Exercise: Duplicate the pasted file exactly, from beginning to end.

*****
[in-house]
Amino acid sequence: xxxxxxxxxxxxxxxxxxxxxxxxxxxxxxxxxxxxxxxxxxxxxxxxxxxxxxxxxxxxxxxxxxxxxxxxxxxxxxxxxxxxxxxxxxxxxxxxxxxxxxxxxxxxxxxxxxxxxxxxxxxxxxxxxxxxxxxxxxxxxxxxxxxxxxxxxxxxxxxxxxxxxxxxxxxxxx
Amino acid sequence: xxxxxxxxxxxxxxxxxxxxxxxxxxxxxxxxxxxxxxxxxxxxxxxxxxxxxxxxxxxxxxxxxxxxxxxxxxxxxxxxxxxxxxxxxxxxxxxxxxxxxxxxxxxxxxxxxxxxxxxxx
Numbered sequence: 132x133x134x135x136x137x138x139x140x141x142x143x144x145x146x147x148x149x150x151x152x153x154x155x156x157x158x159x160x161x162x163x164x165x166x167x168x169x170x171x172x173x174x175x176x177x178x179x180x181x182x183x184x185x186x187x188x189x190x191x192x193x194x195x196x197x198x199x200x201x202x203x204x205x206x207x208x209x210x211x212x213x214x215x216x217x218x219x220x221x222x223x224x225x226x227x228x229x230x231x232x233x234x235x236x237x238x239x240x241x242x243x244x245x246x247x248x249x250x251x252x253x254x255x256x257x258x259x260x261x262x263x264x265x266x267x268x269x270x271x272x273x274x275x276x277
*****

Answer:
[in-house]
Amino acid sequence: xxxxxxxxxxxxxxxxxxxxxxxxxxxxxxxxxxxxxxxxxxxxxxxxxxxxxxxxxxxxxxxxxxxxxxxxxxxxxxxxxxxxxxxxxxxxxxxxxxxxxxxxxxxxxxxxxxxxxxxxxxxxxxxxxxxxxxxxxxxxxxxxxxxxxxxxxxxxxxxxxxxxxxxxxxxxxx
Amino acid sequence: xxxxxxxxxxxxxxxxxxxxxxxxxxxxxxxxxxxxxxxxxxxxxxxxxxxxxxxxxxxxxxxxxxxxxxxxxxxxxxxxxxxxxxxxxxxxxxxxxxxxxxxxxxxxxxxxxxxxxxxxx
Numbered sequence: 132x133x134x135x136x137x138x139x140x141x142x143x144x145x146x147x148x149x150x151x152x153x154x155x156x157x158x159x160x161x162x163x164x165x166x167x168x169x170x171x172x173x174x175x176x177x178x179x180x181x182x183x184x185x186x187x188x189x190x191x192x193x194x195x196x197x198x199x200x201x202x203x204x205x206x207x208x209x210x211x212x213x214x215x216x217x218x219x220x221x222x223x224x225x226x227x228x229x230x231x232x233x234x235x236x237x238x239x240x241x242x243x244x245x246x247x248x249x250x251x252x253x254x255x256x257x258x259x260x261x262x263x264x265x266x267x268x269x270x271x272x273x274x275x276x277